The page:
The city council is expected to ask Tennessee to make Shelbyville's bypass "a community priority" when they take action during their regular meeting next week.
But other road projects are already high on the state's "to do" list, and completing the bypass would be a multi-year process.
Last month, the Chamber of Commerce's economic development and tourist committee suggested the community make a formal request to the department of transportation (TDOT) that the western extension of State Route 437, locally known as the Shelbyville Bypass, become a community priority.
The county's rules and legislative committee have asked that the full commission adopt a resolution to that effect when they meet on Feb. 12.
However, city manager Jay Johnson has pointed out in a memo that while supporting the extension of the route is "an excellent idea," there are currently other state road projects which are ready to go.
Johnson said that long-term road planning is co-coordinated through the South Central Tennessee "Rural Planning Organization" -- a multi-county jurisdiction that establishes priorities on a regional basis -- and the bypass is not ranked in the listings of projects.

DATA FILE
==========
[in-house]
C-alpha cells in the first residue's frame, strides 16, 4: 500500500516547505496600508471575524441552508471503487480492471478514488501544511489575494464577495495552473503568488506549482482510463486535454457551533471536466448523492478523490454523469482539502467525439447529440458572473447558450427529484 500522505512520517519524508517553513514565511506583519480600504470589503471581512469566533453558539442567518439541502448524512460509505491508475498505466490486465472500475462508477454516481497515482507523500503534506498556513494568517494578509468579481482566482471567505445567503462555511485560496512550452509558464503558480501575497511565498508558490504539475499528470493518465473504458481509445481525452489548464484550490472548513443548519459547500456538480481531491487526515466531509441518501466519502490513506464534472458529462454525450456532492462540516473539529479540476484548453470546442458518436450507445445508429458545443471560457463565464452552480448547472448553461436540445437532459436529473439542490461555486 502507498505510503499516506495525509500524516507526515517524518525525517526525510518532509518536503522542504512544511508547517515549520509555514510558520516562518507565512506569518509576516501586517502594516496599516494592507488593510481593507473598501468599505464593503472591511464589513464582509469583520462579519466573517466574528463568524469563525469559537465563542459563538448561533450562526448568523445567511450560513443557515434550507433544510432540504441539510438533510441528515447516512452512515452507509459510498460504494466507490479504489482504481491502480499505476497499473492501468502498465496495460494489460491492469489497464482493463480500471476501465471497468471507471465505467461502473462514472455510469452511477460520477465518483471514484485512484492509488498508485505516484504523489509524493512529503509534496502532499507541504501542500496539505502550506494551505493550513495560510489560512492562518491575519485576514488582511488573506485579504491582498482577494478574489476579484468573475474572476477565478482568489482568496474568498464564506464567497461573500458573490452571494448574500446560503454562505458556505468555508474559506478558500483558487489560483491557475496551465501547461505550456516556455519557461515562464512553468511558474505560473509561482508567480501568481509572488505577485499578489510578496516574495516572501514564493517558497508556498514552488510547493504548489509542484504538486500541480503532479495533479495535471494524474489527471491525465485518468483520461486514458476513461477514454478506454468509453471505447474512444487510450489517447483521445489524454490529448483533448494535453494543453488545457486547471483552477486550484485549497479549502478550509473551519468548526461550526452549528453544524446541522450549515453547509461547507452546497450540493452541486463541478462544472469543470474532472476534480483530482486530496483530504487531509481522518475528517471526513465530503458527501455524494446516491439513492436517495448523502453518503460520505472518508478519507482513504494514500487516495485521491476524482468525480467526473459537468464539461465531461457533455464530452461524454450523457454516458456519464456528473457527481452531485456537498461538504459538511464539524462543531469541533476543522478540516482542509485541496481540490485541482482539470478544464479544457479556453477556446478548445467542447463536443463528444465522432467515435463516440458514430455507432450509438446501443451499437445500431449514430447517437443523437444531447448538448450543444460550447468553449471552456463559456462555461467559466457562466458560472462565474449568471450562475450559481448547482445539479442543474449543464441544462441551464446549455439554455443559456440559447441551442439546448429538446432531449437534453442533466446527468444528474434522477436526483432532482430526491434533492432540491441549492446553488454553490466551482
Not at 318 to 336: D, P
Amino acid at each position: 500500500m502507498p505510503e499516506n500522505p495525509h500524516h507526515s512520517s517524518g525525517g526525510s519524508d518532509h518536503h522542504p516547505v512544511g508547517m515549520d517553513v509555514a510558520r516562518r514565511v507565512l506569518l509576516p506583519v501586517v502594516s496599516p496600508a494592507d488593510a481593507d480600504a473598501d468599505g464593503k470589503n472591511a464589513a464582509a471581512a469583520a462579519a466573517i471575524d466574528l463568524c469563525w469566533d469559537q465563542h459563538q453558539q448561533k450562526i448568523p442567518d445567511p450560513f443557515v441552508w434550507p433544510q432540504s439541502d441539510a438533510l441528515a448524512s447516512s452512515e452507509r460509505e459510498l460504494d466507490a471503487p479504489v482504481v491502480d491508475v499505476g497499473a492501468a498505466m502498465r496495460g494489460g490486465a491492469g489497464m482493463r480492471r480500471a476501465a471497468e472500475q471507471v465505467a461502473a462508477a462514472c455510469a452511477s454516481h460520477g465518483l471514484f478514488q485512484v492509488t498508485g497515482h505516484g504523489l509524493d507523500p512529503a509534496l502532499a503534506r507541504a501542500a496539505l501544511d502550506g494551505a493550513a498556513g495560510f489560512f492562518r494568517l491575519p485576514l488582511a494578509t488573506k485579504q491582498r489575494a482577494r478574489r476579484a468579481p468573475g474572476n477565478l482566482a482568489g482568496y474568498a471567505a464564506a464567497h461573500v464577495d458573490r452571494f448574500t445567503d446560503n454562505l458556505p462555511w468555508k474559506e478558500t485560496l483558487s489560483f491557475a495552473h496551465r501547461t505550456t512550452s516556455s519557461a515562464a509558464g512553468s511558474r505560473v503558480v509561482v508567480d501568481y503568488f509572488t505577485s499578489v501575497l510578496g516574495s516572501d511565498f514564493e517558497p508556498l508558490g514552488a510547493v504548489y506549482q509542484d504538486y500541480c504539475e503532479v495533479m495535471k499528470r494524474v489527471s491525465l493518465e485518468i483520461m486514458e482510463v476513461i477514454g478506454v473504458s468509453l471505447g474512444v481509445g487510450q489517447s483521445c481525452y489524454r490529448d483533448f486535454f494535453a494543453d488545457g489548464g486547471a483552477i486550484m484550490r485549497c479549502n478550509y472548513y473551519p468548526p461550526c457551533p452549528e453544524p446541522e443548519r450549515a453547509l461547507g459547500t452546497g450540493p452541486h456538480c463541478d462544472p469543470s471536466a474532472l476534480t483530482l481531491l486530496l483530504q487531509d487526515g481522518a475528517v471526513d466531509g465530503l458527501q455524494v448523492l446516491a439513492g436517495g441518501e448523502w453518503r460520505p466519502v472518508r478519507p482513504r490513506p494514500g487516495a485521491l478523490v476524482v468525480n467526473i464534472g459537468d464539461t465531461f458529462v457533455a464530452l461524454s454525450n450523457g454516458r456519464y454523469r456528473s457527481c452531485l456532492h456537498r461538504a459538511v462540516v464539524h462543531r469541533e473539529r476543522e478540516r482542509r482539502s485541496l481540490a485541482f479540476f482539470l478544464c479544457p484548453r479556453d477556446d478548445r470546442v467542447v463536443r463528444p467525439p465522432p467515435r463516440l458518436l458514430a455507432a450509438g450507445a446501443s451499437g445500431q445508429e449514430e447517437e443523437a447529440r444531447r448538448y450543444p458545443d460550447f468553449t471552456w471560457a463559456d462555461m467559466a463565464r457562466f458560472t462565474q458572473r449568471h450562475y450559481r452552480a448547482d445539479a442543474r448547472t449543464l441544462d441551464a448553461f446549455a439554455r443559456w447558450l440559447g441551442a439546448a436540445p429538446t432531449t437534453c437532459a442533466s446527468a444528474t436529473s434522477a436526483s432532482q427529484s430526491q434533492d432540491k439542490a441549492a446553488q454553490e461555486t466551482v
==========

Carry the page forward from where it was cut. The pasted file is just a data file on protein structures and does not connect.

For this area, completing the improvement to U.S. 41A between Shelbyville and Tullahoma is ranked number one and two, the city manager explained.
But in Shelbyville, completing the widening of North Main Street from Madison Street to Northside Circle is the top project in terms of state highway project funding, Johnson said.
Johnson said that adopting the resolution would keep the bypass project as "a long term planning priority" as TDOT works on their future plans.
"Recognizing the many phases of a project from pre-planning, to survey, to preliminary design, final design to right of acquisition and then bidding for actual construction, it is a multi-year process," Johnson wrote.
The widening of North Main is anticipated to begin in October, with a center turn lane to be added from Madison Street to north of Rolling Road at Lowe's.
TDOT's three-year transportation program also lists the second part of the current construction phase to turn U.S. 41-A South into a four-lane highway -- 1.9 miles of work from Thompson Creek Road to west of Rippy Ridge Road.